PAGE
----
Last week the Senate Armed Services Committee (SASC) approved the FY2016 Defense Authorization bill by a vote of 22-4. Four Democrats, including Ranking Member Sen. Jack Reed (D-RI), voted against the bill. The House passed its version of the bill this week.
The bill authorizes force levels, programs, and policies (including military pay raises) for DoD budgets and the programs and policies for the Department of Energy (DoE) nuclear weapons program. Appropriations bills provide actual funding.
The SASC bill authorizes a total of $612 billion, including about $485 billion for the Department of Defense (DoD) base budget and $89 billion for Overseas Contingency Operations (OCO). A provision in the bill would allow DoD to transfer $38 billion from OCO to the base budget if defense and nondefense funding caps are revised in legislation.
Sen. Reed, and other Senate Democrats are concerned that including the additional base budget funding in OCO to get around defense funding caps (set in the Budget Control Act) could lead to cuts to nondefense programs. They are pushing for a deal to revise these caps. The White House has threatened a presidential veto of any bill that increases defense funding at the expense of nondefense programs.
Secretary of Defense Ash Carter also criticized this mechanism telling a Senate Committee that this approach is “a road to nowhere” that risks the incremental funding approach for OCO.
Sen. John McCain (R-AZ) SASC chairman, called the bill a “reform bill.” “It tackles acquisition reform, military retirement reform, personnel reform, headquarters and management reform,” he said. He stressed the reforms in the bill will yield savings that can be reinvested in military capabilities.
The SASC bill proposes a “multi-year effort” to improve DoD acquisition system’s structure and process. The SASC proposal is framed in five objectives: 1) establish effective accountability by streamlining decision making and giving a larger role to the service chiefs under performance agreements; 2) develop alternative acquisition pathways including “rapid prototyping and rapid fielding within five years; 3) improve access to non-traditional and commercial contractors by making it easier for such firms to do business with DoD; 4) deregulate and streamline processes by reducing unneeded requirements, reports, and certification; and 5) improve the acquisition workforce by reauthorizing the “Defense Acquisition Workforce Development Fund,” establishing direct hire authorities, and creating enhanced dual-track career paths.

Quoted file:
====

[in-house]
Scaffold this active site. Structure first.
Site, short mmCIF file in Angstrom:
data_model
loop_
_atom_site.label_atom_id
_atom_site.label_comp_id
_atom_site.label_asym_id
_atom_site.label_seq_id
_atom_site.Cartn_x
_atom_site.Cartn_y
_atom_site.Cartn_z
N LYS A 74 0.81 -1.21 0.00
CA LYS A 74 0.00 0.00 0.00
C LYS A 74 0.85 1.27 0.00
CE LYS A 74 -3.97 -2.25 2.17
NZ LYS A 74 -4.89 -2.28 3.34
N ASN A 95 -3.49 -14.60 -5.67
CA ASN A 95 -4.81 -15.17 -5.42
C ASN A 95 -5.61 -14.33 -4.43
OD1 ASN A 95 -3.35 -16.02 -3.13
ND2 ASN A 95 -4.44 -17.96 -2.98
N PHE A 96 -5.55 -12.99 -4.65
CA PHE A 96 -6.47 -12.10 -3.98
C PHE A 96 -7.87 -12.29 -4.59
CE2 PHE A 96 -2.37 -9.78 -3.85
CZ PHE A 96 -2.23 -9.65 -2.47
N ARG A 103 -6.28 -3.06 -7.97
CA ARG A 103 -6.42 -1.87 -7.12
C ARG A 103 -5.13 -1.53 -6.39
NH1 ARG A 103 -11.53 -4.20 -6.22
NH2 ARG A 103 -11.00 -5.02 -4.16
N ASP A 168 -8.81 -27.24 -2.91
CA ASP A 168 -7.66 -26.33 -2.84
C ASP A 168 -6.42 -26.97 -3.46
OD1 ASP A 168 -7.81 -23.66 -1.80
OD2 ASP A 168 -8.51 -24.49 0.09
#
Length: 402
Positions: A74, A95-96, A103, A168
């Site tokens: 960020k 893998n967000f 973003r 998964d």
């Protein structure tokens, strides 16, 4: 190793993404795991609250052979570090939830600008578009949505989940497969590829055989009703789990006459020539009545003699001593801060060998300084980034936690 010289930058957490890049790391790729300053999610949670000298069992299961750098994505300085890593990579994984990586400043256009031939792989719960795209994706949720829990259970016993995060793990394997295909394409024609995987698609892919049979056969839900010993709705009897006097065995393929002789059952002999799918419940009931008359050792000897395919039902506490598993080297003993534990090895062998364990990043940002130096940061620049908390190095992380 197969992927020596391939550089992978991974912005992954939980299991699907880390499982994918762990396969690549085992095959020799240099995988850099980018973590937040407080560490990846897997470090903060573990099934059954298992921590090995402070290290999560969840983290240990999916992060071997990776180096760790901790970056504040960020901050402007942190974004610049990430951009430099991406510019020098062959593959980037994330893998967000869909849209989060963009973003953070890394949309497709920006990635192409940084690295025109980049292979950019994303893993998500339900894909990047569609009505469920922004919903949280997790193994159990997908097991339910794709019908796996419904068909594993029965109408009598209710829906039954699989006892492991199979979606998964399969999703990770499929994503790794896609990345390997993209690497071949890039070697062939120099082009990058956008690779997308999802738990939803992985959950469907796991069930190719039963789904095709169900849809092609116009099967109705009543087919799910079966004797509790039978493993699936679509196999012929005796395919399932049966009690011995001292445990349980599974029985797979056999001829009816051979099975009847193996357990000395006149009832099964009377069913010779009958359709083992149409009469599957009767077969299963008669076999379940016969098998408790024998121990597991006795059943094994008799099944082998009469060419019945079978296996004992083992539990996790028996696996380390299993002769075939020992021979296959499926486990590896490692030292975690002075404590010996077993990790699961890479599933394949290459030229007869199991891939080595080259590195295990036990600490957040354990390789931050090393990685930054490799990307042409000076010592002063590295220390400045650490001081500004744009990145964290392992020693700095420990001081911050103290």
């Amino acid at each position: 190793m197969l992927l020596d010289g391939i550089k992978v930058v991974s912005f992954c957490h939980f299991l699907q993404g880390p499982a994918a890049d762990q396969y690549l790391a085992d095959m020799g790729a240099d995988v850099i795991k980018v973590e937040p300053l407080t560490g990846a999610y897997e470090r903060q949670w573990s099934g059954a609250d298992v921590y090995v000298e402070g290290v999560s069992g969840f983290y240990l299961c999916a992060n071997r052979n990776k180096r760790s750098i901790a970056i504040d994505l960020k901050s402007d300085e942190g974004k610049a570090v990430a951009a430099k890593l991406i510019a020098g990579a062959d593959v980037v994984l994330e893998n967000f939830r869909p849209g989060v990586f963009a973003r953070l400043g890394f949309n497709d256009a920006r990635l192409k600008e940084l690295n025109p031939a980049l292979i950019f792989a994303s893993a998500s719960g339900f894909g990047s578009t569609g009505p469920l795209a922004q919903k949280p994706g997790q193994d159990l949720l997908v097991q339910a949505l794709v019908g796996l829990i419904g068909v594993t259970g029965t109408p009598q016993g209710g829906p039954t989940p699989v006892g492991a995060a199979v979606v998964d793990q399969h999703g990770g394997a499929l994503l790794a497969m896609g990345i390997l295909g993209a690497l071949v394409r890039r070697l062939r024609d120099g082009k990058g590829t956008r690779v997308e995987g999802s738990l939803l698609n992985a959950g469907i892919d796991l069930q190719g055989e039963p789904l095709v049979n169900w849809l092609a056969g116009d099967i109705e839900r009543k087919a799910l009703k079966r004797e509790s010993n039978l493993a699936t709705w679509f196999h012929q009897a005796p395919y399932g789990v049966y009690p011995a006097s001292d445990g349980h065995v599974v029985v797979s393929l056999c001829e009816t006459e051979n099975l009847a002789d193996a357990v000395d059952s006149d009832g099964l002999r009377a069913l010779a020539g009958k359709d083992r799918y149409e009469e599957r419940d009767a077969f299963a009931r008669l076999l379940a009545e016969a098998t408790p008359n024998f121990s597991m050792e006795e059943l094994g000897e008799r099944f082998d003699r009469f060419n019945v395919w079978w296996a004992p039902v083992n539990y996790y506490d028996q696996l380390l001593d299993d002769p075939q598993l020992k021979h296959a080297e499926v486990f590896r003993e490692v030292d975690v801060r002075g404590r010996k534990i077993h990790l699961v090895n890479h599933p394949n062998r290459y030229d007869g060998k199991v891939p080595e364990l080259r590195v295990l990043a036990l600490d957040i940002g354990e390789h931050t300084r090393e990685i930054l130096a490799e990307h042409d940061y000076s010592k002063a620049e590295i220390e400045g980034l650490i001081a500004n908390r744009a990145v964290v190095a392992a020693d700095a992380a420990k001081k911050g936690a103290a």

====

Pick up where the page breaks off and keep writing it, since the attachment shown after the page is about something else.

The bill (similar to the House-passed bill) includes a recommendation from the Military Compensation and Retirement Modernization Commission calling for a “blended” military retirement system. Under the bill, new service members would be automatically enrolled in the Thrift Savings Plan (TSP) with a matching contribution from DoD that could go to 5 percent, starting in FY2018. Current servicemembers could choose to join the plan.
The bill also proposes a management reform plan that would “focus limited resources on operations rather than administration.” The proposal would cut funding for “headquarters and administrative functions” DoD-wide by 7.5 percent each year for four years, saving $1.7 billion in FY2016 and reaching annual savings of $6.8 billion by the fourth year. The bill directs the Secretary of Defense to conduct a “comprehensive review of the management, headquarters, and organization of the Department of Defense” and directs the DoD Inspector General to “perform financial statement audits by contracting with independent external auditors.”
The SASC bill approves the president’s request for a 1.3 percent military pay raise, lower than the 2.3 percent military raise included in the House-passed bill.
Like the House, the SASC bill rejects administration proposals to set enrollment fees for TRICARE for Life beneficiaries or consolidate the TRICARE program, retire the A-10 attack jet fleet, and to initiate another Base Realignment and Closure (BRAC) round.
Unlike the House-passed bill, the SASC bill approves the president’s request to reduce the Basic Allowance for Housing (BAH) and to use commissary surcharge funds to purchase operating supplies.
Agreeing with the House, the bill also funds 12 more F/A-18E/F Hornet aircraft for the Navy (+$1.2 billion) and 6 more F-35B aircraft for the Marine Corps (+$1 billion), which were identified by the Services as unfunded priorities.
The full Senate is expected to take up the bill in June after returning from the Memorial Day recess.
The introduction of this bill is petty congressmen attempting to cut funding for the most important aspect of our military, the service member. All they see is the savings in numbers for at SASCs resumes, but do not see the hardship that this bill will put on duel military couples who will not be able to afford even base health care. With this and the reform of the retirement system, I can not see much of a reason for top leadership to continue to serve when there are multiple opportunities for better pay and retirement elsewhere.